Send to

Choose Destination
Int J Pediatr Otorhinolaryngol. 2002 Dec 2;66(3):227-42.

Microbiologic findings and risk factors for antimicrobial resistance at myringotomy for tympanostomy tube placement--a prospective study of 601 children in Toronto.

Author information

Department of Pediatrics, The Hospital for Sick Children, 555 University Avenue, Toronto, Ont., Canada M5G 1X8.



There is limited information on the identity and antibiotic susceptibility of bacterial pathogens in children with chronic otitis media whose repeated antibiotic use may place them at increased risk of antibiotic-resistant bacteria.


To determine, at myringotomy for tympanostomy tube placement, (1) the prevalence of bacteria, (2) the extent and patterns of antibiotic resistance, and (3) the risk factors associated with the presence and resistant status of pathogens.


Prospective, multi-site, cohort study.


Children undergoing myringotomy for tympanostomy tube placement between November 1, 1999 and March 31, 2000 in seven hospitals in Toronto, Ontario, were identified. If fluid was present, aspirates were submitted for bacteriologic testing. A follow-up telephone questionnaire was administered to patient caregivers in order to identify risk factors for the presence of (1) culturable pathogens and (2) resistant pathogens.


The identification and prevalence of bacteria cultured from the middle ears of subjects, and the degree of nonsusceptibility to commonly prescribed antibiotics.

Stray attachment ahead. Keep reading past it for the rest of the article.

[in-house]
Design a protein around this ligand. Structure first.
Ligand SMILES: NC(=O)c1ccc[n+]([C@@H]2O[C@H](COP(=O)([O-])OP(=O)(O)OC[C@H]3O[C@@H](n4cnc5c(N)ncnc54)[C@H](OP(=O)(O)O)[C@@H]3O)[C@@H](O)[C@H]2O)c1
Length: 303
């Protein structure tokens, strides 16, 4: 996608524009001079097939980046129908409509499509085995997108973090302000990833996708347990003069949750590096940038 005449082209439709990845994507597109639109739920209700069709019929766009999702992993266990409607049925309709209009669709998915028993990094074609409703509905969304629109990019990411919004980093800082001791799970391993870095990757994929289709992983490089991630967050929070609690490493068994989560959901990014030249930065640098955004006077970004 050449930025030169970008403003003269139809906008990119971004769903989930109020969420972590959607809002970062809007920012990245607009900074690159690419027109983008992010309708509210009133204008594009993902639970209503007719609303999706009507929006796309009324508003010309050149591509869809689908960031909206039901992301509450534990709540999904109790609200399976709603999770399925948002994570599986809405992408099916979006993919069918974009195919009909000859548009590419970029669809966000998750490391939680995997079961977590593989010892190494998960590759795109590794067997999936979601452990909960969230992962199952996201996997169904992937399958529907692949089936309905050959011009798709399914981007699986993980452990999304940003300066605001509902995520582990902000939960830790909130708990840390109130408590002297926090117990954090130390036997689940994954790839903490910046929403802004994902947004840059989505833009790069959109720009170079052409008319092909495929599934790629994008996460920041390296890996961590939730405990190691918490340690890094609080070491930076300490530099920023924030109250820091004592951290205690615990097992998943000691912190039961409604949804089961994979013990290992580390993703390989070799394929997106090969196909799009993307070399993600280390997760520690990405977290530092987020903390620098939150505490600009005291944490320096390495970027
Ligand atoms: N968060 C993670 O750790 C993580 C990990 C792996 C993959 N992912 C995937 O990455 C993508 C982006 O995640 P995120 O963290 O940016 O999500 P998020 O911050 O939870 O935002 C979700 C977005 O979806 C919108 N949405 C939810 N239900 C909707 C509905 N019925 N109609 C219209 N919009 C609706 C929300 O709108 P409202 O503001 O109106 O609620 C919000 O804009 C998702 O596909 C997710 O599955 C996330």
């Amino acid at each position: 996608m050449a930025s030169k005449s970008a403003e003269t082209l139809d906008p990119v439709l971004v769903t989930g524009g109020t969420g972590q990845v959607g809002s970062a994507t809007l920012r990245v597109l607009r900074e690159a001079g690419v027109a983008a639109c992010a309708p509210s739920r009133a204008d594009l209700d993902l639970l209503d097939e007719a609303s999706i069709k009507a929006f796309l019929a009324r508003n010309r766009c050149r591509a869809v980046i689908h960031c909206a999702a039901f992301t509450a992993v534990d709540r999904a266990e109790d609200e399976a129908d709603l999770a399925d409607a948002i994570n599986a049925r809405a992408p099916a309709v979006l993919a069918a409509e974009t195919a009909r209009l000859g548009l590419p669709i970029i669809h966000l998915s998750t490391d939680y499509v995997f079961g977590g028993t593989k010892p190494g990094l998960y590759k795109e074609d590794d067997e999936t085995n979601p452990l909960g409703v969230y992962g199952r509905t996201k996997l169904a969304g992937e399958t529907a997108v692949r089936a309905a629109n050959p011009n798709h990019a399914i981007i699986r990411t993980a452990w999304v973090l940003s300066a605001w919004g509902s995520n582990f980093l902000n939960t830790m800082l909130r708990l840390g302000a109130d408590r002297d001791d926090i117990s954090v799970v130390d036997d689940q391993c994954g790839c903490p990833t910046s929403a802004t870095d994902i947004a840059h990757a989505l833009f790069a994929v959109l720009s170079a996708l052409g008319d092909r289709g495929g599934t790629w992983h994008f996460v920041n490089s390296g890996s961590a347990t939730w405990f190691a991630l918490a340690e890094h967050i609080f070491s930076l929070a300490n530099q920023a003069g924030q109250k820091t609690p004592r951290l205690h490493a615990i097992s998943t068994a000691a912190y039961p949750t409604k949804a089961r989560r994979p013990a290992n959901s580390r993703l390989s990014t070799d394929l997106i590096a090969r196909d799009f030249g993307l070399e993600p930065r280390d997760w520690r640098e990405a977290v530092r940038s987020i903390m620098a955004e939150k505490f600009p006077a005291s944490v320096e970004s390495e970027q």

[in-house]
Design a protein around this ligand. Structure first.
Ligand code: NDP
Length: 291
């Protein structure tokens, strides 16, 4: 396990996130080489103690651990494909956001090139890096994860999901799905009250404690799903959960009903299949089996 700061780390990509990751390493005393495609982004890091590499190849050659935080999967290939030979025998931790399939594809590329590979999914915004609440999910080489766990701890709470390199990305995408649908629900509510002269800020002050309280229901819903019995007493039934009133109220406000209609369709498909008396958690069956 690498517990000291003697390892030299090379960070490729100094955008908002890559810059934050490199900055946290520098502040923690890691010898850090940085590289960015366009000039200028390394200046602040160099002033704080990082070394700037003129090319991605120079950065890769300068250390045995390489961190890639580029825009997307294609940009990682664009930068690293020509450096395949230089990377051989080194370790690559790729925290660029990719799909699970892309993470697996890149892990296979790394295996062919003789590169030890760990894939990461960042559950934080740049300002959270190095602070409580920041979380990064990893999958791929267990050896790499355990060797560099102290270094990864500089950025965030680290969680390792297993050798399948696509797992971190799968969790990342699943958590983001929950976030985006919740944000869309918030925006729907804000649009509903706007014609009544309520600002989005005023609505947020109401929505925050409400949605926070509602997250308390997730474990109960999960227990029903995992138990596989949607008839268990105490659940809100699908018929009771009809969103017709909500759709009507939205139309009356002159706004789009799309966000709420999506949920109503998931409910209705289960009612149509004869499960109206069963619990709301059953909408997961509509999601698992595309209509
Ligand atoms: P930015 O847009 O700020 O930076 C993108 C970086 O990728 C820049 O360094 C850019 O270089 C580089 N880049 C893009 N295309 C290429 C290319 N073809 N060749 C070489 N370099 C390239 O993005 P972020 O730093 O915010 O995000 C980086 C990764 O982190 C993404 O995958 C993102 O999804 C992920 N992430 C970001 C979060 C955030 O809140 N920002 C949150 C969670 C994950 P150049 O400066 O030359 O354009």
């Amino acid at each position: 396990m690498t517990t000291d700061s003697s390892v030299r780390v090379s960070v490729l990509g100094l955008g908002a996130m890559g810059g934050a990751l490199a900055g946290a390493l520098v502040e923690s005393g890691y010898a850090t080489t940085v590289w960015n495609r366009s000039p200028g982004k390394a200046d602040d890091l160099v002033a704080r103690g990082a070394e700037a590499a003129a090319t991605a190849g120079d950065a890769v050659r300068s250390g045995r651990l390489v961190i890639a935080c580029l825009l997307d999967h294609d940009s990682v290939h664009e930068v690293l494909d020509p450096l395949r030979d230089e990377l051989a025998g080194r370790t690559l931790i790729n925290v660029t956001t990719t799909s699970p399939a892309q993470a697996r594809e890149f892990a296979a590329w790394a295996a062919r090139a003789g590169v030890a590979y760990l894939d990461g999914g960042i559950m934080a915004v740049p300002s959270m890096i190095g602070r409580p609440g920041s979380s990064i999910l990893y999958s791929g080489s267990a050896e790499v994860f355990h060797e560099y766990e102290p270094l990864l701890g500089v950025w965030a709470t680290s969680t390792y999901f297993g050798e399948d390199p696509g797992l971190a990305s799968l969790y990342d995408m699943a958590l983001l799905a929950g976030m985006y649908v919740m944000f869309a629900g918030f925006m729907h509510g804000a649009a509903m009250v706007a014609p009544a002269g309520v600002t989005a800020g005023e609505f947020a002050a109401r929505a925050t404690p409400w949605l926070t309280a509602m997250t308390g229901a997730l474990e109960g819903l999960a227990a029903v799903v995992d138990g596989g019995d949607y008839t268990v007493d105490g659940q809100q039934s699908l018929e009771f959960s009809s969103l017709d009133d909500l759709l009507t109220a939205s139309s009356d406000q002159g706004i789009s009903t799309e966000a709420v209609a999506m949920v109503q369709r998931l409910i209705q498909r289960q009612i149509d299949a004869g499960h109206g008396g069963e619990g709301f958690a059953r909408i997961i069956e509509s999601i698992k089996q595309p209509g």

Among 601 patients (mean age 3.9 years, 60.7% male), both a telephone interview (n=544) and an ear specimen (n=527) were obtained for 478. Pathogens were found in middle ear effusions of 37% of the children in the study; including at least one 'definite' pathogen in 189 children (31.4%), and a further 32 children (5.3%) with at least one 'possible' pathogen. Definite pathogens included Haemophilus influenzae in 17% of the children, followed by Moraxella catarrhalis (9%) and Streptococcus pneumoniae (6%); ampicillin nonsusceptibility was found in 40, 100 and 24%, respectively. Overall, 123 children (20.5%) were found to have definite pathogens with resistance to ampicillin/penicillin, trimethoprim-sulfamethoxazole, or clarithromycin/erythromycin. Patient characteristics included premature birth and/or long length of stay in the nursery (23%), first infection before the age of 6 months (26%), put to bed with a bottle (28%), household smoker (34%), in out-of-home child care (38%), history of eczema, bronchiolitis and/or asthma (39%), and use of pacifiers (40%). Household characteristics were smoking (34%), married/common law parents (85%), and 60% had completed college or university; in 26% both parents were born outside of Canada; 73% of children were Caucasian. Of the 75% who responded to the question regarding income, 42% had household income over $60,000 (CAN). Risk factors for the presence of a pathogen and for a resistant pathogen in multivariate analysis included younger age, lower maternal education, day care centre attendance, no previous adenoidectomy and bilateral, primarily winter infections as well as amoxicillin use in the previous 6 months.


Modifiable risk factors for otitis media including household smoking and pacifier use are present in many children undergoing tympanostomy tube placement; child care centre attendees are over-represented. Multiple antibiotic courses were commonly prescribed prior to surgery. H. influenzae and M. catarrhalis are important pathogens and therapy in clinical failures should be directed against them. The 7-valent protein conjugate polysaccharide vaccine (Prevnar) would have covered 73% of the serotypes of S. pneumoniae isolated in this study.

[Indexed for MEDLINE]

Supplemental Content

Full text links

Icon for Elsevier Science
Loading ...
Support Center